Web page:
# 2840 Have You Heard This?

Q. I go every year to blow shofar for people that cannot come to shul because of health or age issues.
I go to a building where almost everyone on that floor is more or less frum.
Because of the issues of separation these days, I was wondering if I can knock on the doors of the apartments (about a dozen), and ask them to stay inside their apartments, but come close to the door.
Some have to stay in bed. I blow from the hall for everyone together. I don’t know if they all can hear me well or hear the beginning and end of the voices of the shofar. Since I’m afraid to enter the units for their sake and mine. is what I’m doing correct?
A. Horav Shlomo Miller’s Shlit’a opinion is that since this are unusual critical times of need for those individuals, what you are doing is a great mitzva, as you show great care for others.
You may at the end announce and request that if someone didn’t hear everything properly, you can repeat for them.
On question 874, regarding a small shul that is on a main street, where it is common that the street noises like trucks going by or sirens are heard inside as well as sometimes small children crying or the A.C. making sounds. If those noises are an issue when hearing the shofarand if you have to repeat the shofar, we wrote:
“Remoh (O.H. 588: 3) rules that if two individuals blew the complete set of shofar sounds required on Rosh Hashono at the same time or even if one was blowing a trumpet instead of a shofar, the listener complies with the mitzva. Mishna Berura (ibid. 11) quoting Talmud Rosh Hashana (26a) explains that although usually we accept that two different voices or sounds cannot be heard simultaneously, when one of them is very pleasant and enjoyed as would be the story of Megilas Esther, you would pay attention to the preferred one and thus comply with the mitzva. In the case of the shofar since it comes only once a year it is also appreciated and liked more than any other sound and of course, noise.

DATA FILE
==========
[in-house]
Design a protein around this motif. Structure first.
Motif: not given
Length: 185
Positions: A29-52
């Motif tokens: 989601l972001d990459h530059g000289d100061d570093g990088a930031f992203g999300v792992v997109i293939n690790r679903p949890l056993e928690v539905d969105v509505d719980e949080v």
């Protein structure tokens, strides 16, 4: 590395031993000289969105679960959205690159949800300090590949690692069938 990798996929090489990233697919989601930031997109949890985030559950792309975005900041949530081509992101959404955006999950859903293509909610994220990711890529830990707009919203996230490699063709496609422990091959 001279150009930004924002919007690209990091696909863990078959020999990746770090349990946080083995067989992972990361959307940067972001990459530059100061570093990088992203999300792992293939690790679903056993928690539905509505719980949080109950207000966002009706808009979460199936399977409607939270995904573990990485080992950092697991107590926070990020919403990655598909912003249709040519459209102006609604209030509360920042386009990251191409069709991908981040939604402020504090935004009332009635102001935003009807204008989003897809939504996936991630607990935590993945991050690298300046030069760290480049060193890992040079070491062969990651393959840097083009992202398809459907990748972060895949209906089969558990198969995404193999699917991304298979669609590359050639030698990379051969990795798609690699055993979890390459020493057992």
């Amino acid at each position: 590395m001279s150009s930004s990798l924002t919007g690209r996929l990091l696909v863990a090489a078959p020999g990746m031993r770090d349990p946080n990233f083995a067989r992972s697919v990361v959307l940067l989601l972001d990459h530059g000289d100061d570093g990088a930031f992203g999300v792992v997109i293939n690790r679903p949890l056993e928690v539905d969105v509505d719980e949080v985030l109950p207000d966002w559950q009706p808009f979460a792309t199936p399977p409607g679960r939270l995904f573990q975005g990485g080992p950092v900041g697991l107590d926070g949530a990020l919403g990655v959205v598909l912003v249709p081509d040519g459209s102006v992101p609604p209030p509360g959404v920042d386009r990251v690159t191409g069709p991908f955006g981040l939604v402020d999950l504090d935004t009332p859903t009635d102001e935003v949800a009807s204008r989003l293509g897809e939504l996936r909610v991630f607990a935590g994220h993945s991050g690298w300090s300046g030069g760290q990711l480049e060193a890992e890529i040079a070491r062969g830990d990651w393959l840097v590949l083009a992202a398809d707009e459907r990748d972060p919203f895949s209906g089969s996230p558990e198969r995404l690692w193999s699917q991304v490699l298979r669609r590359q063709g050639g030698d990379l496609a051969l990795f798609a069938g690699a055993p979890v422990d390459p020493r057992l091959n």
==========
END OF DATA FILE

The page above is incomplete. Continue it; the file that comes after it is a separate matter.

However, Horav Shlomo Miller Shlit’a advises to minimize as much as possible any other distressing and conflicting sounds, that may disturb the kavana and intention of the people complying with this great and important mitzva.”
Rabbi A. Bartfeld as advised by Horav Shlomo Miller and Horav Aharon Miller Shlit’a

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